- Brush your teeth 3 times every day. Please time yourself for 3 minutes and brush every surface of the tooth. Move the brush gently along the gumline using small circular motion. Brush in and around all the brackets and wire of your braces. Be gentle but thorough. You do no need to scrub hard! Don’t forget to clean the inside surfaces next to the tongue.
- Please use the Interdental brush (smaller brush) after you have brushed with the orthodontic toothbrush. This small brush is excellent at getting between the brackets and into any small spaces.
- When flossing, threat the end nearest the cotton, into the bottom of the tooth on the lower teeth and the top of the tooth in the upper teeth, and gently rub up and down each side of the tooth. Don’t snap it down in between the teeth as you may damage the gum. Work in a methodical fashion so that each tooth is flossed.
- Please us a fluoride mouthwash last thing at night, every night.
- The disclosing tablets- the aim of the disclosing tablets is to check how well you are brushing your teeth.
Please read the information leaflet before using the disclosing tablets.
- Brush your teeth as normal
- Chew the tablet in your mouth but do not swallow it.
- Rinse your mouth out with water.
- Look in the mirror. Are there any any pink areas on your teeth? This is the plaque that has been ‘disclosed’ and shows where you need to clean more.
- Brush your teeth again to remove the plaque (pink area).
The wax is designed to relieve any pain caused by the braces rubbing against the cheeks. If you feel your cheeks are sore, pinch off some wax and soften it between your fingers for a few seconds. Then mould the wax over the part of the brace which is causing the problem.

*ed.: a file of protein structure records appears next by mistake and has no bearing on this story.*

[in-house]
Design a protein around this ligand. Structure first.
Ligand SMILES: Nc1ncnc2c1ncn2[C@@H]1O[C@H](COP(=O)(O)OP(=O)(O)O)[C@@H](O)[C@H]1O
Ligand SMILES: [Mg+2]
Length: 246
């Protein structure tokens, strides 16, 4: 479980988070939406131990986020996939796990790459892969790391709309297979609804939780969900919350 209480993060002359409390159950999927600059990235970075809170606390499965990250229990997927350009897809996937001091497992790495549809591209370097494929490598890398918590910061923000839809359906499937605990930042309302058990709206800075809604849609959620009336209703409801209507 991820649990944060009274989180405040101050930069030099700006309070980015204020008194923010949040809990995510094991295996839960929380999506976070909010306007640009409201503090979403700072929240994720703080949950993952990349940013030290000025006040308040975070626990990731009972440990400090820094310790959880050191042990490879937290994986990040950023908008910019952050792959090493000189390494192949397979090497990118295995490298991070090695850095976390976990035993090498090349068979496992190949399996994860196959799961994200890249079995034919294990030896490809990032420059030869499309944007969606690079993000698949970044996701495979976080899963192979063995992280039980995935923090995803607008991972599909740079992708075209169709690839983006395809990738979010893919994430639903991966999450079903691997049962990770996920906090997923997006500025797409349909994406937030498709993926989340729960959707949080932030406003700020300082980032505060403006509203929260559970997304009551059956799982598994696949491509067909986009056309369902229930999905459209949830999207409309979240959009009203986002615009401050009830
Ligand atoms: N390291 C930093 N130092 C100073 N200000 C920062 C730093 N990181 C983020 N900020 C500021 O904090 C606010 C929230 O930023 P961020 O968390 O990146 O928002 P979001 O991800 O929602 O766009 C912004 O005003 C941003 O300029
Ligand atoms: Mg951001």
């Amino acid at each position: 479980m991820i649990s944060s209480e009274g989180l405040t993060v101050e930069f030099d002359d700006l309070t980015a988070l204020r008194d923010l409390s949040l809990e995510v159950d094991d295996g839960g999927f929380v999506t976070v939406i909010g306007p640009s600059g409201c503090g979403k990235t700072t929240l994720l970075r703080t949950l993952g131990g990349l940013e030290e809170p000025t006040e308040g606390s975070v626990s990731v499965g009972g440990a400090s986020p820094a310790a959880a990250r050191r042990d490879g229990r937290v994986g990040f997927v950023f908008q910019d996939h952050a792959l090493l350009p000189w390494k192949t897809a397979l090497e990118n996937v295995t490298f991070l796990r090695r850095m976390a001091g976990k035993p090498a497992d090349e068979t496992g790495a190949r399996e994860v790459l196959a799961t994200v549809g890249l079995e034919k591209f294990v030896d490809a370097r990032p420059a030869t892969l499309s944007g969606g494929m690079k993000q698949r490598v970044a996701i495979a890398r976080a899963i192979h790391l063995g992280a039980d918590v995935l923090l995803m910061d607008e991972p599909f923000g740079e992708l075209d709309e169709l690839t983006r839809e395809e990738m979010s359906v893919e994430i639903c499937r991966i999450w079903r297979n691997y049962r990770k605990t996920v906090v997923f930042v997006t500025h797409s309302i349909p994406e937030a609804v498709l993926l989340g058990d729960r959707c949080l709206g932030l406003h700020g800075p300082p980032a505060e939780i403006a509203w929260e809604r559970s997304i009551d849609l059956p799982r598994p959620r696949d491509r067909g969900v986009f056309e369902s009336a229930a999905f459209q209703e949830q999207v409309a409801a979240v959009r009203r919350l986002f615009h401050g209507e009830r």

If any of the products run out of your cleaning pack you should be able to buy them in a chemist or you can buy a new pack at the practice for €10.00.
If you have any problems with regards to your braces or if you have any questions please do not hesitate to contact the practice on (074) 91 29400, Monday to Friday
All Orthodontic patients will need to wear retainers! All orthodontic patients will need to wear retainers after treatment. If you DON’T the teeth could MOVE!
The risk of this movement will get less slowly with time. The position of the teeth will need to be supported while the bone and soft tissue round the teeth remodels to the new position. If the teeth are not held the teeth will ‘spring’ back a little in the first few weeks. It takes up to 9 months for the bone and gums to fully settle with the teeth in the new position. Even after this time the teeth will need to be held to prevent movement, but not quite as much. Ever so slowly, the control can be reduced in most patients until the retainers can be thrown away. This could take several years.
Some patients will have to wear retainers for ever. For growing patients the retainers should be worn in some form until facial growth has finished. In females this could be 18 or 19 years old. In males this could be 20 or 21 years old.
Warning -Teeth move anyway in the late teenage years!
For several reasons the teeth often become more crowded in the late teenage years. This happens in orthodontic patients and in untreated cases. One small reason is the appearance of wisdom teeth at about this age. This may add a slight forward pressure leading to crowding.
More importantly is the tone or activity of the muscles in the lips and face as the face finishes growing. These muscles get stronger at this age and tend to push the teeth slightly further back. This results in an increase in crowding of the front teeth.
Your retainers will help prevent this unwanted tooth movement and will allow this muscular pressure to be applied to the whole arch and avoid the teeth crowding over again.